Another favorite bookshop in Oxford is the Book House, in Summertown. On my first visit there, in 2006, the proprietor asked me if I had “loyalty card.” Not familiar with that usage, I raised my right hand, as if swearing an oath, and said, “Do you mean, I love England, I love England, I love England?” She eyed me skeptically and replied, “Well, no need to get carried away.” I’ve been in love with the place ever since. On that first visit, I bought Elizabeth Jennings Collected Poems; this time, it was Sarah Maitland’s Silence, along with a terrific Rough Guide to the Lake District, which was our destination after the festival.
In the Lake District, lodged at the Swann in Grasmere, we discovered Sam Read Books our first day. Despite its small size, this shop has a wonderful variety of titles. We picked guides to the local flora and fauna, including the wonderfully named Know Your Sheep, as well as Dorothy Wordsworth’s Grasmere and Alfoxden Journals, edited by Pamela Woolf. The Wordsworth Museum also has a fine bookshop where we bought CDs of Ian McKellan reading The Rhyme of the Ancient Mariner. He’s almost as good as my father was at capturing Coleridge’s magic aloud!
Back in London for a day and a night before flying home, we made our way to Bloomsbury and the London Review Book Shop. Jimmy says this is a place of pilgrimage for me, and in a way, he’s right –- theirs is the best poetry section I’ve EVER seen, and the drama, fiction and political sections are all pretty wonderful, too. This year, my haul from LRBS included Edna O’Brien’s Byron in Love, as well as On Trying to Keep Still, a book of essays by Jenny Diski, whose prose I’ve been admiring in the London Review of Books for some years, and a book of poems everyone in Oxford seemed to be talking about — The Lost Leader, by Mick Imlah, who died shortly after the book was published. Now I’m searching for a good book on Scottish myths and legends to help me explore the sources of his poems.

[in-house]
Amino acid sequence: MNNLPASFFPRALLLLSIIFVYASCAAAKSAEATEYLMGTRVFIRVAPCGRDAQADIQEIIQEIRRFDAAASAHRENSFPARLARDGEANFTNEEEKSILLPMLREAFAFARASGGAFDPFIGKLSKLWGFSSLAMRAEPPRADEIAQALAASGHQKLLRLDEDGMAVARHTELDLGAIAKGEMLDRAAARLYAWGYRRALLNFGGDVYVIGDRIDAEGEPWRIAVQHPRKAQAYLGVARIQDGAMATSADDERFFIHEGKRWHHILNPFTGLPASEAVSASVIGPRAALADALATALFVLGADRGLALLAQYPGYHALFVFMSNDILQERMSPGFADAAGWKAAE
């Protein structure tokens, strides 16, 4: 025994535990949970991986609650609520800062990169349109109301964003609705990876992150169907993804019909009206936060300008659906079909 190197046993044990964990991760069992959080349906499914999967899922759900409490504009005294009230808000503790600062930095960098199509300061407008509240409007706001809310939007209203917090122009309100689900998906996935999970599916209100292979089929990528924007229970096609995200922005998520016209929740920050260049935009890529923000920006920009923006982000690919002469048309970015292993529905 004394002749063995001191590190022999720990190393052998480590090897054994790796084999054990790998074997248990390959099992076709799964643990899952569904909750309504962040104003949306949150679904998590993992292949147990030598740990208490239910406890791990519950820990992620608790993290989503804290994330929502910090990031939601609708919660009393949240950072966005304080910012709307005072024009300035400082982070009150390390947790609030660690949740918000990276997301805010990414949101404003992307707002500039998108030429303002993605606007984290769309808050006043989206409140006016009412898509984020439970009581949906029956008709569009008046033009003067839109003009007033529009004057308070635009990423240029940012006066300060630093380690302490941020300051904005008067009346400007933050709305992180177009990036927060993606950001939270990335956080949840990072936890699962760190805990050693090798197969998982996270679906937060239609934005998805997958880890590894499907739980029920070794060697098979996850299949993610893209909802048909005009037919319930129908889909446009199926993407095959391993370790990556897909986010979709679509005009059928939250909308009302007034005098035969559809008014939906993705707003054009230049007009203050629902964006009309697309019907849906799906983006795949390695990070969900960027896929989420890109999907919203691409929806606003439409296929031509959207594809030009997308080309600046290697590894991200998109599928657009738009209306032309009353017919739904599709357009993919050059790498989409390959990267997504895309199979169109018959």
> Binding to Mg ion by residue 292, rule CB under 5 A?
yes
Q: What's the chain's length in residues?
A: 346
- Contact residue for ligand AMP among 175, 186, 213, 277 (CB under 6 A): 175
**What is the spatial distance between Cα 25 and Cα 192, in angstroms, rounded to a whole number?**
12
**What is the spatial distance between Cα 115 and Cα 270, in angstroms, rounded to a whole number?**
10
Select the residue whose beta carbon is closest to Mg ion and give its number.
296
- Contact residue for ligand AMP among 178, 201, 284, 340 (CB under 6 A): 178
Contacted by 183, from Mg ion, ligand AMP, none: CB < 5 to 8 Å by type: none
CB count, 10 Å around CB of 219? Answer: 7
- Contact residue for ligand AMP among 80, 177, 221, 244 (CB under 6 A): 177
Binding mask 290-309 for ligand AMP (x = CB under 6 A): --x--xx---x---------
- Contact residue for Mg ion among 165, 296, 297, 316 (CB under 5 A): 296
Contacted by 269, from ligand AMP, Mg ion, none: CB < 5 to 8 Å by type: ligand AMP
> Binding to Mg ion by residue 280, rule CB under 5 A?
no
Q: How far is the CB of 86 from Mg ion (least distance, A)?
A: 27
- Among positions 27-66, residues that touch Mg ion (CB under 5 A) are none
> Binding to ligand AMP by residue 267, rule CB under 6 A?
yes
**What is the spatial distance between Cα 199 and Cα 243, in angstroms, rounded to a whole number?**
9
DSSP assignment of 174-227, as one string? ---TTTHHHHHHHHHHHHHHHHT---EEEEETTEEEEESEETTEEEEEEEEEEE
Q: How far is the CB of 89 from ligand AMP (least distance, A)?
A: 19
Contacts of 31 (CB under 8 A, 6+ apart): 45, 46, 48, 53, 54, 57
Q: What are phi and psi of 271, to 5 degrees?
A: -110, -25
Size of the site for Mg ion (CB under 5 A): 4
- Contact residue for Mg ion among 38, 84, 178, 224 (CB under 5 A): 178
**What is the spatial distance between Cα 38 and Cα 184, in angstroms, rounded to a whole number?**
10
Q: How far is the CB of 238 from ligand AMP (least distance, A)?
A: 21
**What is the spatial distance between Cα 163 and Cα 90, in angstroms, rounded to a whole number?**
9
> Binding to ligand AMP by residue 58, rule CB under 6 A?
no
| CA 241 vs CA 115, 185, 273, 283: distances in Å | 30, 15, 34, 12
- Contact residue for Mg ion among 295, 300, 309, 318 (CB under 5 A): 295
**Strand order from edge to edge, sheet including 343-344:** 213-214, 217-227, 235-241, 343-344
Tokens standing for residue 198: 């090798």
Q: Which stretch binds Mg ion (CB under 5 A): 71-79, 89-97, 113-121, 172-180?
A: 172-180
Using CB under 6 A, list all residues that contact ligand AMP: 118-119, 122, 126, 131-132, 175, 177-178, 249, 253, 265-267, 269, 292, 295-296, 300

Back at home, I dove first into a few titles I’d collected at Washington, DC’s own Politics & Prose — Words in Air: The Complete Correspondence of Elizabeth Bishop and Robert Lowell, edited by Thomas Travisano and Saskia Hamilton, in which their friendship just gleams, and White Heat: The Friendship of Emily Dickinson and Thomas Wentworth Higginson, a lovely, well-considered book by one of my favorite literary biographers, Brenda Wineapple. And my longtime pal, the fiction writer and teacher Glenn Moomau just sent me The Prime of Miss Jean Brodie by Muriel Spark and The Virgin Suicides by Jeffrey Eugenides. I bounced off of Eugenides’ second book, Middlesex, which managed to make its supposedly titillating subject matter quite dull, but I’m willing to try his first novel on Glenn’s recommendation — after all, he’s the guy who introduced me to Don DeLillo and Tom Waits, among others. And I’ve already blasted through Sparks’ book — having seen the movie at an impressionable age, I was afraid that the shadow of Maggie Smith would hang over my shoulder as I read, but Sparks’ tense, neurotic, strangely sympathetic heroine is as engaging on the page as she was when embodied by that formidable actress.
By the way, I’m a fast reader. So if you’ve got suggestions for further exploration, I’d love to hear them. Send them to me at [email protected]esolari.com.